Yesterday, Health Minister Greg Hunt announced 28 rapid antigen tests have been approved in Australia. He went on to say that rapid antigen testing would play a “big part” in Australia’s pathway out of lockdown, and that rapid antigen tests will “soon” be available in workplaces and in the home environment.
So, what is rapid antigen testing?
Rapid antigen testing is a testing method used to detect COVID-19. Just like the current polymerase chain reaction (PCR) testing method Australia is using, rapid antigen tests use a swab from the nose and throat to collect a sample. The swab from your nose and throat are placed into a chemical solution, and then on a strip of paper. The paper is reactive, and will show you the result. The benefit of the rapid antigen test is that it delivers results much faster than the current PCR tests. Results are usually available within 30 minutes.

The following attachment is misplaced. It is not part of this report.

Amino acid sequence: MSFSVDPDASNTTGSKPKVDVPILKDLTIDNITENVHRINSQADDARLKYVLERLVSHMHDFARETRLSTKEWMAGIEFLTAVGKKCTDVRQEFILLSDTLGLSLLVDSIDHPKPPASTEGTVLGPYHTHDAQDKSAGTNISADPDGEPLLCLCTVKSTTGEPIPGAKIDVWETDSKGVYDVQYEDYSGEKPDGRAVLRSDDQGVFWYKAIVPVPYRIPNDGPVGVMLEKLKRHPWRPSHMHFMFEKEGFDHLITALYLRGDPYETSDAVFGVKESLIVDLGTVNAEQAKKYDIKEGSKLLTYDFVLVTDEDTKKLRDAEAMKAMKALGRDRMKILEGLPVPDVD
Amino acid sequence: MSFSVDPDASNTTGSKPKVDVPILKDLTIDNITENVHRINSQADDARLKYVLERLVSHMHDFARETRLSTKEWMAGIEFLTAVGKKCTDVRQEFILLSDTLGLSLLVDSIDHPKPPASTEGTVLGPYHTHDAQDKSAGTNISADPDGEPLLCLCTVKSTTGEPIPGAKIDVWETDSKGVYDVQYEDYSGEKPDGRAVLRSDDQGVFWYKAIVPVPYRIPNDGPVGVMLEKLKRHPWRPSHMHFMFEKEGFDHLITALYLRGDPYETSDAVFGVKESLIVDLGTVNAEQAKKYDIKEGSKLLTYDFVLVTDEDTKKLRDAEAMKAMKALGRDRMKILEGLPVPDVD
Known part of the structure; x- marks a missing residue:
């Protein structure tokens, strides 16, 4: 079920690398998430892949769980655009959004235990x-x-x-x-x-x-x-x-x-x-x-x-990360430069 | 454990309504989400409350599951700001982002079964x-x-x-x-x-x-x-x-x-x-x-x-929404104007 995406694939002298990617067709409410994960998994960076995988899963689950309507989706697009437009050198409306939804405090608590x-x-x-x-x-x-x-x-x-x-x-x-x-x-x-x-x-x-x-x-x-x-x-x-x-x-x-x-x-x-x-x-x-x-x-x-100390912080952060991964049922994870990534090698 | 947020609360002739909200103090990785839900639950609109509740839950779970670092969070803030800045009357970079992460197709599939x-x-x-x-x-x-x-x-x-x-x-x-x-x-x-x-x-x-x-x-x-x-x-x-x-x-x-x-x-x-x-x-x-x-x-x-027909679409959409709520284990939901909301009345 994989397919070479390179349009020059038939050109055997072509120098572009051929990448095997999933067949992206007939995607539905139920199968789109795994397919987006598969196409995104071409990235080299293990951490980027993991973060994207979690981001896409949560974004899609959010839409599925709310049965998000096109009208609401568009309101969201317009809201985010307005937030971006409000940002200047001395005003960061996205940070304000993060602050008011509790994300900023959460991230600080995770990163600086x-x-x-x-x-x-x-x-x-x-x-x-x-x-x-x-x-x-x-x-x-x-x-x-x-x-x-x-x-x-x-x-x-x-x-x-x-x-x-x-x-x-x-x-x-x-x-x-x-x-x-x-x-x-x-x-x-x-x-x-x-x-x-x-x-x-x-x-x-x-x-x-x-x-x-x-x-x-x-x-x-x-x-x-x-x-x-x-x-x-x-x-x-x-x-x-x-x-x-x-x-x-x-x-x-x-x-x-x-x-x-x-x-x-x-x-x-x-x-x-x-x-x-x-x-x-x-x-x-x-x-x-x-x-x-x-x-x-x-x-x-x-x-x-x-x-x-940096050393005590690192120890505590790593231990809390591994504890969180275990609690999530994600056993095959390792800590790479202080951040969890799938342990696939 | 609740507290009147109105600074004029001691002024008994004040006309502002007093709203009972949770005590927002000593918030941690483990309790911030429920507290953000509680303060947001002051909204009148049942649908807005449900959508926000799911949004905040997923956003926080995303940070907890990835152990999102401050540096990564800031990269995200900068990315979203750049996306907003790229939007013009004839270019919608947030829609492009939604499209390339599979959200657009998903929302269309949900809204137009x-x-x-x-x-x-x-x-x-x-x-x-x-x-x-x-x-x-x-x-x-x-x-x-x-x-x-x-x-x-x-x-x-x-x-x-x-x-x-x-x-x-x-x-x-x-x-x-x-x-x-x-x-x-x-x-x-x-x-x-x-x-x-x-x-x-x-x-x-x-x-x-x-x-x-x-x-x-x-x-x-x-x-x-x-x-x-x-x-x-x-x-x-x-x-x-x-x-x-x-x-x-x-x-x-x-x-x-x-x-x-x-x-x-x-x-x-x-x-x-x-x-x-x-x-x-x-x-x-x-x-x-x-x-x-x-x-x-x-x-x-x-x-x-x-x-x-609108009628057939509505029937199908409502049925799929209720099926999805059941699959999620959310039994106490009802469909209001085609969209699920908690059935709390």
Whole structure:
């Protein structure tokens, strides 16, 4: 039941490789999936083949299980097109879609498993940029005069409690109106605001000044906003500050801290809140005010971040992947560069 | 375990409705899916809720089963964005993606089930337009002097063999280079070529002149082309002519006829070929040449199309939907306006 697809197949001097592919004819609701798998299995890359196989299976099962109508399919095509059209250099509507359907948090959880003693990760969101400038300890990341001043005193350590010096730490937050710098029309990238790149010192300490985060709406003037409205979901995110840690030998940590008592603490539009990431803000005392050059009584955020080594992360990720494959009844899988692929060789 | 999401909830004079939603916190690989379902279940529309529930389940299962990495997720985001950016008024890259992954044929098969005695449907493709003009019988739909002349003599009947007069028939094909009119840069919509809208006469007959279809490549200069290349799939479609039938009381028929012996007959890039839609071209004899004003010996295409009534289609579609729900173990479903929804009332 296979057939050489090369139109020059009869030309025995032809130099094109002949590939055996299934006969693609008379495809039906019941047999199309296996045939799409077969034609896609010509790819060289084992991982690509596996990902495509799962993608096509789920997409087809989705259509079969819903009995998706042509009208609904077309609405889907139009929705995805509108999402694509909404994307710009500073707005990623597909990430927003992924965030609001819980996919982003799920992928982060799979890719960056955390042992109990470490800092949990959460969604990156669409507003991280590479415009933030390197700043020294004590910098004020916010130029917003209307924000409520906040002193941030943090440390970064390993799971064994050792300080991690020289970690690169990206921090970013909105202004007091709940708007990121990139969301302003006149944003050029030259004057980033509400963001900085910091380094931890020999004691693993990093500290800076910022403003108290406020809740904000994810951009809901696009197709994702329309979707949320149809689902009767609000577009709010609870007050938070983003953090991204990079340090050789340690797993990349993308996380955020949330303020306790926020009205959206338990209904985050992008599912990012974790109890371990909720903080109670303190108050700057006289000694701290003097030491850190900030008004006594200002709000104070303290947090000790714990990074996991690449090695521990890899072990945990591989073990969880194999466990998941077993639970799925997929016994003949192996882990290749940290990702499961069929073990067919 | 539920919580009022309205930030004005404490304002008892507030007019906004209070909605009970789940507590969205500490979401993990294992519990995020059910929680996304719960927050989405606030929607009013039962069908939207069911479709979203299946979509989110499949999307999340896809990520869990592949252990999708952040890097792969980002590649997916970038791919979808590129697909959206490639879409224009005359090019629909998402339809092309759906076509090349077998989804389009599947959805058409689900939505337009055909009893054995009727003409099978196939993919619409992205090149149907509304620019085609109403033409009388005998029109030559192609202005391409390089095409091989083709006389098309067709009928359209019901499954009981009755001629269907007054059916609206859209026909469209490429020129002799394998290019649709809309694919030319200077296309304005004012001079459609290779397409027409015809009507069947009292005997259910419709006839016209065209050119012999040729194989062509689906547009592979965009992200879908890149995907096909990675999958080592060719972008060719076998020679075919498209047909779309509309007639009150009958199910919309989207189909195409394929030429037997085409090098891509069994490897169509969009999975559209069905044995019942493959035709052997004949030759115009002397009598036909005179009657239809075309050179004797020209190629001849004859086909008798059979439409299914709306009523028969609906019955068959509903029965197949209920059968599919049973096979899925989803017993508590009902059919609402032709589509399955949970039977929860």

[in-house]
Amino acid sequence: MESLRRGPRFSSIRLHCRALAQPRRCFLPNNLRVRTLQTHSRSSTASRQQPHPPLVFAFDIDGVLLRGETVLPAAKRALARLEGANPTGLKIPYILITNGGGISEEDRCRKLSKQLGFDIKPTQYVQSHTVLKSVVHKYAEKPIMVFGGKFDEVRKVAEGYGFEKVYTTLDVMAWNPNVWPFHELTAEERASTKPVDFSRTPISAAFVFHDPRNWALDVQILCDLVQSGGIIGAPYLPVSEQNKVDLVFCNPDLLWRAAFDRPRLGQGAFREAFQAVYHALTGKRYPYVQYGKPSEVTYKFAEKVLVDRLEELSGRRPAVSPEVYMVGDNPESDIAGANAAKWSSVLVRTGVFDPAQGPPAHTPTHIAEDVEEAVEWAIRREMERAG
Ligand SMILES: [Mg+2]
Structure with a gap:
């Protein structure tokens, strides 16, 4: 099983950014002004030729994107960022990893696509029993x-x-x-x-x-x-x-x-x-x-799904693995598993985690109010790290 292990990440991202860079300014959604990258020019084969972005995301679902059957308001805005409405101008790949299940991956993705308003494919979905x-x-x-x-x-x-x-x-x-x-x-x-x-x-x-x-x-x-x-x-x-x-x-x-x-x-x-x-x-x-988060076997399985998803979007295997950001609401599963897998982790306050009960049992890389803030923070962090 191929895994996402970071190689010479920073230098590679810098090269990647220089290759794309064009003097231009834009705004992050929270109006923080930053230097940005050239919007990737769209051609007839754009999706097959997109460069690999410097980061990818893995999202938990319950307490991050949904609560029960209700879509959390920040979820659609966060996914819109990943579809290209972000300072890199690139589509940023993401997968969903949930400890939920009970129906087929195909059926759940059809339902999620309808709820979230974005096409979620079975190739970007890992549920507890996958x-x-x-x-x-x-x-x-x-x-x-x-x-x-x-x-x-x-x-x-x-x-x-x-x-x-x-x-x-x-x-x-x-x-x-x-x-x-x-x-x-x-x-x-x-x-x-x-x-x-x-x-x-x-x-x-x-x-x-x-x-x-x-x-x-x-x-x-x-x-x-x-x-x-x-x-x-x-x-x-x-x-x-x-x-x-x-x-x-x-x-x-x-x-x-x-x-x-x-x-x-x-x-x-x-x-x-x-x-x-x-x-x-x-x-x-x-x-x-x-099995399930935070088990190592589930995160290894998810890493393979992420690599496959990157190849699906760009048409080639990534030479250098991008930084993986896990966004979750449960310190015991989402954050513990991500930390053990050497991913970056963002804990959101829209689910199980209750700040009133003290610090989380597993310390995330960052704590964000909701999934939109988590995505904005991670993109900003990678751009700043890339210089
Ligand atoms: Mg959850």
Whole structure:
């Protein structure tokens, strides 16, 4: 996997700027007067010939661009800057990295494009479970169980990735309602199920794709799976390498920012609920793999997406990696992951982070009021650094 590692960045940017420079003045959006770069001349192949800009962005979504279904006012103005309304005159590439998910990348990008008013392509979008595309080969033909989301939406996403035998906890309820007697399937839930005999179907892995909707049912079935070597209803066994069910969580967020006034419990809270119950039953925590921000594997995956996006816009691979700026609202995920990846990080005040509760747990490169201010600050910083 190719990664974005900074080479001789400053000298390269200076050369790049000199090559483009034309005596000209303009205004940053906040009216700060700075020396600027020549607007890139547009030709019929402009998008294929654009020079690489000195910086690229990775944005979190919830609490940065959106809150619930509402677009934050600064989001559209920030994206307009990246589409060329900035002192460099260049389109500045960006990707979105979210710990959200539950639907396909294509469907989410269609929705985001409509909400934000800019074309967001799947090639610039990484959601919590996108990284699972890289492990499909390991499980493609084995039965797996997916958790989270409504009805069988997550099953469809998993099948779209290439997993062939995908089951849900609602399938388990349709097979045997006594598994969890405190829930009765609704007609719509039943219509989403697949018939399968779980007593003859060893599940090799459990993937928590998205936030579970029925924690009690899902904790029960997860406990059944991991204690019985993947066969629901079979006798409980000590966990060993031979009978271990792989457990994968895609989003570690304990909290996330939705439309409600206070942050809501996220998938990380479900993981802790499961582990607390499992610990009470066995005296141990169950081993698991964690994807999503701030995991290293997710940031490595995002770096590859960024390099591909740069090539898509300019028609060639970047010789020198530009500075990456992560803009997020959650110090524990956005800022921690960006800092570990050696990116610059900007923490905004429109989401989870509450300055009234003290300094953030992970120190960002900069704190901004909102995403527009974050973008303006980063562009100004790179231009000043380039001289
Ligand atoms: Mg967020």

While a rapid antigen test produces faster results, it does have a higher false negative rate compared to most traditional PCR tests when screening for COVID-19. A false negative is when the test will say that you’re clear of COVID, when in fact you’re carrying the virus. This is the reason why the tests are not widely rolled out in Australia currently.
When considering whether Australia should use the tests, health experts pose one key question – is the prevalence of COVID low enough to continue with slower, more reliable testing, or is there enough community spread to necessitate fast testing that might not be as accurate.
With three major Australian cities in lockdown and the Delta strain continuing to spread, the conversation about rapid antigen testing has been accelerated. NSW schools are expected to use the testing method when students return next month, while communities on the NSW/QLD border and remote and regional communities all have these tests on their radar.